AMERICANS ARE notorious snackers. From raw broccoli to beer nuts, we reach for bits of things that come wrapped in cellophane and tucked into Baggies. We forgo breakfast for coffee and a doughnut; we snack on saltines and munch on hickory flavored almonds. We go for chips and pretzels and peanut butter crackers--all usually a small hike away in a strategically placed vending machine. Whatever we can reach for we can snack on.

This undermines another American penchant--the calorie-counting compulsion. Perhaps we snack because it relieves us of the responsibility of counting the scores of calories we unwittingly consume.

But there are those who want to snack and count, those who refuse to give up the foods they love for the sake of a diet, and those who want to know the nutrient density of their snacks.

For snack fans, we provide a chart on Page E19 of common snack items in easy-to-remember 100-calorie portions. From Oreos to carrot sticks, a nutrient data chart shows exactly how dearly we pay for munching.

You needn't be a nutritionist to figure out what tops the list of snacks for nutrition density. You get more for your 100 calories with bananas and apples than you do with a glazed doughnut. But there is a little news.

Foremost, beer drinkers will be vindicated. Eight ounces of their favorite brew leaves cola drinkers in the dust, nutritionally speaking. Even those virtuous carrot sticks can't offer the niacin that beer packs. On the other hand, while 3 1/3 carrots weigh in at 100 calories, many sound diet plans offer them as a "free food" because of their caloric insignificance.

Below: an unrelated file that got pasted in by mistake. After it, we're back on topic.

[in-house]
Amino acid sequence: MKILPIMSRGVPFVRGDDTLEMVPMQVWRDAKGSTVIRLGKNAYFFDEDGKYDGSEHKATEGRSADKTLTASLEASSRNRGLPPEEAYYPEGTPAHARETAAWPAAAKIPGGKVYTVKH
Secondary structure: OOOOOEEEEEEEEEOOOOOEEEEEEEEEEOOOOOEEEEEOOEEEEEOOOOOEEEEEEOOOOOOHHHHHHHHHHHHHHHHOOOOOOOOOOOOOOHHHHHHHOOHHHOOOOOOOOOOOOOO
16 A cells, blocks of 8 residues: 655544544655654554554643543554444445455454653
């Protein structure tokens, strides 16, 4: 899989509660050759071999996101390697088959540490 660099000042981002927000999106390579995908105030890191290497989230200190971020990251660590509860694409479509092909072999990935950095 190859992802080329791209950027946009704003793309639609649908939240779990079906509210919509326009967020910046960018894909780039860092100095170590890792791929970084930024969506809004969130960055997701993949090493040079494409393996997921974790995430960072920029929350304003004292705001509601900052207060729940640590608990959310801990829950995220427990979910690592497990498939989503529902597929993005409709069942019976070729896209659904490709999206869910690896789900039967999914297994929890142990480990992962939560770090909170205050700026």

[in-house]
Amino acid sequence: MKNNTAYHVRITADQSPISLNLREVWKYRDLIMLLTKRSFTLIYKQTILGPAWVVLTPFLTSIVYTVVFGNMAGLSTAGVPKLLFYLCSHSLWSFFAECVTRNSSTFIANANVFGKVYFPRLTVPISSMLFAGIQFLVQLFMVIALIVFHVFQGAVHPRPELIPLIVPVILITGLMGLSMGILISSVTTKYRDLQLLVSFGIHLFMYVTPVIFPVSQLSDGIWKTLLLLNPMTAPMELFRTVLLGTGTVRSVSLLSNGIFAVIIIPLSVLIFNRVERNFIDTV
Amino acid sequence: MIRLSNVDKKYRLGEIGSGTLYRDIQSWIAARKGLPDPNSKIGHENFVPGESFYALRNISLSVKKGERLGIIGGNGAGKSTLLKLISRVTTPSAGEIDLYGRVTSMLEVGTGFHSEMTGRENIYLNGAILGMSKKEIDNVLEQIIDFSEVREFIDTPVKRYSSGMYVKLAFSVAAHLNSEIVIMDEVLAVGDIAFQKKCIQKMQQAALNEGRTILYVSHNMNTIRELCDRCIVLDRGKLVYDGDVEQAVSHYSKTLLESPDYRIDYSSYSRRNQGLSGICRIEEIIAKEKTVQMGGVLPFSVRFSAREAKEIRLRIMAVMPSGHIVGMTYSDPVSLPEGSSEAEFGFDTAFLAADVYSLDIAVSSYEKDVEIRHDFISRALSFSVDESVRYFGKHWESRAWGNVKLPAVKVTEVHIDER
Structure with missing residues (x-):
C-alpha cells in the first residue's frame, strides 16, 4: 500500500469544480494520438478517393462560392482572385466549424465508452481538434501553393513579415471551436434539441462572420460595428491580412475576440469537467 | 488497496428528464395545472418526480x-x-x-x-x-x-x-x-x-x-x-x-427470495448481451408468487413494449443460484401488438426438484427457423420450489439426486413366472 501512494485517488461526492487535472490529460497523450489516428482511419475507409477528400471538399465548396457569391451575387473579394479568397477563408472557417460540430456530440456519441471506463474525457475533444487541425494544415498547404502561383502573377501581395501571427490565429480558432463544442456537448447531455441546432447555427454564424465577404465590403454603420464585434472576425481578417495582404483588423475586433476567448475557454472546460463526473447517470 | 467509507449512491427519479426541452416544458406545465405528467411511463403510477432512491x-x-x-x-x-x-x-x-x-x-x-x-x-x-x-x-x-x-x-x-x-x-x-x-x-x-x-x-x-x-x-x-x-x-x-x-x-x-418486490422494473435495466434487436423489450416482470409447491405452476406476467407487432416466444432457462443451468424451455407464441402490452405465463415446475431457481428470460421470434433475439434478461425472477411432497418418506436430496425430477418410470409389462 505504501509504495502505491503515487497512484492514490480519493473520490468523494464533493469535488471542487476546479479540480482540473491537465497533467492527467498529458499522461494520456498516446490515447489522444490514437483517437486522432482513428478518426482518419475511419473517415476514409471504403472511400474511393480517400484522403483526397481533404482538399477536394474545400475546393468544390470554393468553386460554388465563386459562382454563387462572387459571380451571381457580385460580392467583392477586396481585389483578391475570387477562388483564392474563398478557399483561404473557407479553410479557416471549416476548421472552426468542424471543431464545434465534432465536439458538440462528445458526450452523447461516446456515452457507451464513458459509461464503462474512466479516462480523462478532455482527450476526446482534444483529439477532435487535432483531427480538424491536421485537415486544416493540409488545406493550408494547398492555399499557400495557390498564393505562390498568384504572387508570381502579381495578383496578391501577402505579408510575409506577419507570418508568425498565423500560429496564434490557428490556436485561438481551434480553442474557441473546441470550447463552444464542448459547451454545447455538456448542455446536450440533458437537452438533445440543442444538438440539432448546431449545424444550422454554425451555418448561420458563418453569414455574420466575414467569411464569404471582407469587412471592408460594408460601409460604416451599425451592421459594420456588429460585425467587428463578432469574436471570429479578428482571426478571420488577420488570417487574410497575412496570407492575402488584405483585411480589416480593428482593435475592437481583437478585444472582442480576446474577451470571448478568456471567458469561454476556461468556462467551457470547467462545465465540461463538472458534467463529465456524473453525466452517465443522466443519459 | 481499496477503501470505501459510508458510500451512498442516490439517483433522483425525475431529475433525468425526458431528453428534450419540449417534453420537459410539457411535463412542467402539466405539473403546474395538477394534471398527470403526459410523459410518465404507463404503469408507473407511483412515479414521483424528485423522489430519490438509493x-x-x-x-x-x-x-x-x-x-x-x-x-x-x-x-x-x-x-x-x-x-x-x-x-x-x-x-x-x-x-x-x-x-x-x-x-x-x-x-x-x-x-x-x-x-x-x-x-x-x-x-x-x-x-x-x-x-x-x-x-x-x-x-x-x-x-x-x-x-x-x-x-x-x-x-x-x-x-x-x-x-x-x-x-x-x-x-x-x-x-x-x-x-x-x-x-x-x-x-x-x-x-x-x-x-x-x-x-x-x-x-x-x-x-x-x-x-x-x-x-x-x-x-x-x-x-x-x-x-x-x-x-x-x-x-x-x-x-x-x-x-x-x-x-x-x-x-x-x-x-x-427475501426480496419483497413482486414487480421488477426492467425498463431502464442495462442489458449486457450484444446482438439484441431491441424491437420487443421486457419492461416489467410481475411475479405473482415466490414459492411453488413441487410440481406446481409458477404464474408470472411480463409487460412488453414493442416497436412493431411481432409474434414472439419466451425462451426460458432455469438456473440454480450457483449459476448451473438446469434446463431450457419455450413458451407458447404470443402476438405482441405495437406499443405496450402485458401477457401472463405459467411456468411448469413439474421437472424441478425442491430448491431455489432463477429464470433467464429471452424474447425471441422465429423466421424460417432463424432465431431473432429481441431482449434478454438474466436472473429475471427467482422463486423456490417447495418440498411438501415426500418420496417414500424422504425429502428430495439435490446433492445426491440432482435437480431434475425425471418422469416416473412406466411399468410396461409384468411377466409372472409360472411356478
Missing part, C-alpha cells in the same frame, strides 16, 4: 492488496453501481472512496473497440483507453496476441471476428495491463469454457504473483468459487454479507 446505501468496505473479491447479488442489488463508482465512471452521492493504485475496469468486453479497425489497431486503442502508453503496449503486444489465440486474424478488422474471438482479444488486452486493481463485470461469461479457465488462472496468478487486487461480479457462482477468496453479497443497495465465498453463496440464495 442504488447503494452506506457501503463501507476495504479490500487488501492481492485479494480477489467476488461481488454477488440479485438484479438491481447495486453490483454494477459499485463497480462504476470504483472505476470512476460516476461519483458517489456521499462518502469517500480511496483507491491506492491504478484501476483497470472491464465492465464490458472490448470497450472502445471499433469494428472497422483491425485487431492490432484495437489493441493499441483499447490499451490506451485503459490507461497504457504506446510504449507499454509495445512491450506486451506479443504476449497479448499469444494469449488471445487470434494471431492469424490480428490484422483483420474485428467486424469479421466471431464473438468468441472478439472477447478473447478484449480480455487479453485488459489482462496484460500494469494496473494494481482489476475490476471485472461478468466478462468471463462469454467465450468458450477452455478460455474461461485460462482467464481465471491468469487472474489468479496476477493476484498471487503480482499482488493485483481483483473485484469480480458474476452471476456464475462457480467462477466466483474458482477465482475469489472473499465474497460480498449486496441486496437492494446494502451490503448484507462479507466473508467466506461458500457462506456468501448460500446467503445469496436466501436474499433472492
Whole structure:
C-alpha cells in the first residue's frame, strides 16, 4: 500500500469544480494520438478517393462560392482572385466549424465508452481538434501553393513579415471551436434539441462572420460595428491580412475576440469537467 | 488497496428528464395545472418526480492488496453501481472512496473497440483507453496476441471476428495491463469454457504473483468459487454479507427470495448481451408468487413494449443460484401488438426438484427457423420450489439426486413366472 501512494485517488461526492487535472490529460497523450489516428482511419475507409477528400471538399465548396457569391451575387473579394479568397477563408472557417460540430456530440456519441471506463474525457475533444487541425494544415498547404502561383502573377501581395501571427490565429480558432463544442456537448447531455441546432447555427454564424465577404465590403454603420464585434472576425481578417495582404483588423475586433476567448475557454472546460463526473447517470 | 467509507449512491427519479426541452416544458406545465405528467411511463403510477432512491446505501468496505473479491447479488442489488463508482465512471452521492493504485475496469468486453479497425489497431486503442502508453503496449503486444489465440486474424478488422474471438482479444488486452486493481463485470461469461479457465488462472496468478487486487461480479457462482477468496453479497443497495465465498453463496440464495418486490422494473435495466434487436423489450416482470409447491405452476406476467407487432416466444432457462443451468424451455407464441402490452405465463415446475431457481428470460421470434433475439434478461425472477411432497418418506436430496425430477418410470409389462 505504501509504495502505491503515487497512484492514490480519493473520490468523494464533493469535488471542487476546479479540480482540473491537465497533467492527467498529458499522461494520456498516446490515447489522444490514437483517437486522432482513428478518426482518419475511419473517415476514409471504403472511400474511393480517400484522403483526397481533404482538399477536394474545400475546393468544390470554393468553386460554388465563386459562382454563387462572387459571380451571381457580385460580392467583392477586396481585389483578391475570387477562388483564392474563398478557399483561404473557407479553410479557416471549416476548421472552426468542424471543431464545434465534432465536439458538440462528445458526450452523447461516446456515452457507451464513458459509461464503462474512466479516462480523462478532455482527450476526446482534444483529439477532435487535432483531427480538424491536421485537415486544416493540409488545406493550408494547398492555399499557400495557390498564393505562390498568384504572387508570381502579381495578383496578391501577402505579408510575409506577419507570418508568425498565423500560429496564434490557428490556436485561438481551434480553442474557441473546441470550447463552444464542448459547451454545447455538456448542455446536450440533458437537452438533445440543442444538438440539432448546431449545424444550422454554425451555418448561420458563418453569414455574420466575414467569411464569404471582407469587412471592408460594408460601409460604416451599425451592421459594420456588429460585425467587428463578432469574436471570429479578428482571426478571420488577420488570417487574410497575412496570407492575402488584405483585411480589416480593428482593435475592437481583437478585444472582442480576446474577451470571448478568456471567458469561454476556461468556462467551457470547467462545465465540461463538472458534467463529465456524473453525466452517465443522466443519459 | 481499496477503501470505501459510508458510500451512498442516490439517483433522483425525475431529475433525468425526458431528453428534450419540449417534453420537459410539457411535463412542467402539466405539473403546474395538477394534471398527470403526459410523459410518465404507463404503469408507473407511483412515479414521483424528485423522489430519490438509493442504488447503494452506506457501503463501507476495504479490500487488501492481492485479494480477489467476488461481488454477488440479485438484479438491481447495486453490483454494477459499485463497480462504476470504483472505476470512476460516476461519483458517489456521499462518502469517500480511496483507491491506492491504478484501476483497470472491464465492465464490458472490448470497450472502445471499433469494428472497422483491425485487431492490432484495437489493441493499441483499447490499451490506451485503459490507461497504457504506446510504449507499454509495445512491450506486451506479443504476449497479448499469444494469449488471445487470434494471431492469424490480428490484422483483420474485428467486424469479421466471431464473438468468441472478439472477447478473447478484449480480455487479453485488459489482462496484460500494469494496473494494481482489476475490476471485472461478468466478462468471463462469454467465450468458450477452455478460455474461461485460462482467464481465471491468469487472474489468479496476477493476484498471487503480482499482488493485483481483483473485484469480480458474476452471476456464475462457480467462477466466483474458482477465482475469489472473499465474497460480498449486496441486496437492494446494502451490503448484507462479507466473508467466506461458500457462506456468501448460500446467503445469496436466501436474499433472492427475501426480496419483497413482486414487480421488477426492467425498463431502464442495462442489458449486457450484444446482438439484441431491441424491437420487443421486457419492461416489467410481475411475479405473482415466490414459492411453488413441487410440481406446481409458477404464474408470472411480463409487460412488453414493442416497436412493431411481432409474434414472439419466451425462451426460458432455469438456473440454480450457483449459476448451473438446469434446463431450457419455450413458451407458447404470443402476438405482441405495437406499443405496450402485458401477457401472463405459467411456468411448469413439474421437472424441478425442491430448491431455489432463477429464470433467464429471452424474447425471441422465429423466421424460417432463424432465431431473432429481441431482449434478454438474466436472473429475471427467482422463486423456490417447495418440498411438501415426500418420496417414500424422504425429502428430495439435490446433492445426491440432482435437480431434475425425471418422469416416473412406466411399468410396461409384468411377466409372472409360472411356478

Also, two of America's favorite candies sit back to back with results that are not surprising, but reassuring. Milky Ways, true to their name, are higher in calcium than Reese's Pieces; the latter, on the other hand, is flavored with peanut butter, which means it's higher in protein. About two bites of Milky Way fill out the 100-calorie criterion. A small handful of Reeses Pieces does the same--E.T. probably has a higher metabolism than folks of this terrestrium.

The news gets worse, however. Think of the Triscuits you may have packed away at the last cocktail party. They add up quickly--five equal 100 calories. Goldfish crackers, too, are high in calories--many of which come from fat. A package of cheese and peanut butter crackers that sustains many of us through an afternoon lull at work contributes 200 calories to our daily intake. We should eat only three and put the rest in a drawer for tomorrow.

It's disheartening to realize we reach our 100-calorie limit before we've reached the bottom of our one-ounce vending machine package of potato chips. And 8.5 pretzels disappear quickly as we watch Earl Weaver lead the Orioles through the pennant race. Even granola bars, which come disguised as health food, are loaded with calories and very little else. But, what the heck, that makes it easy to rationalize reaching for the oatmeal cookies instead. At least you get 1 1/2 of those.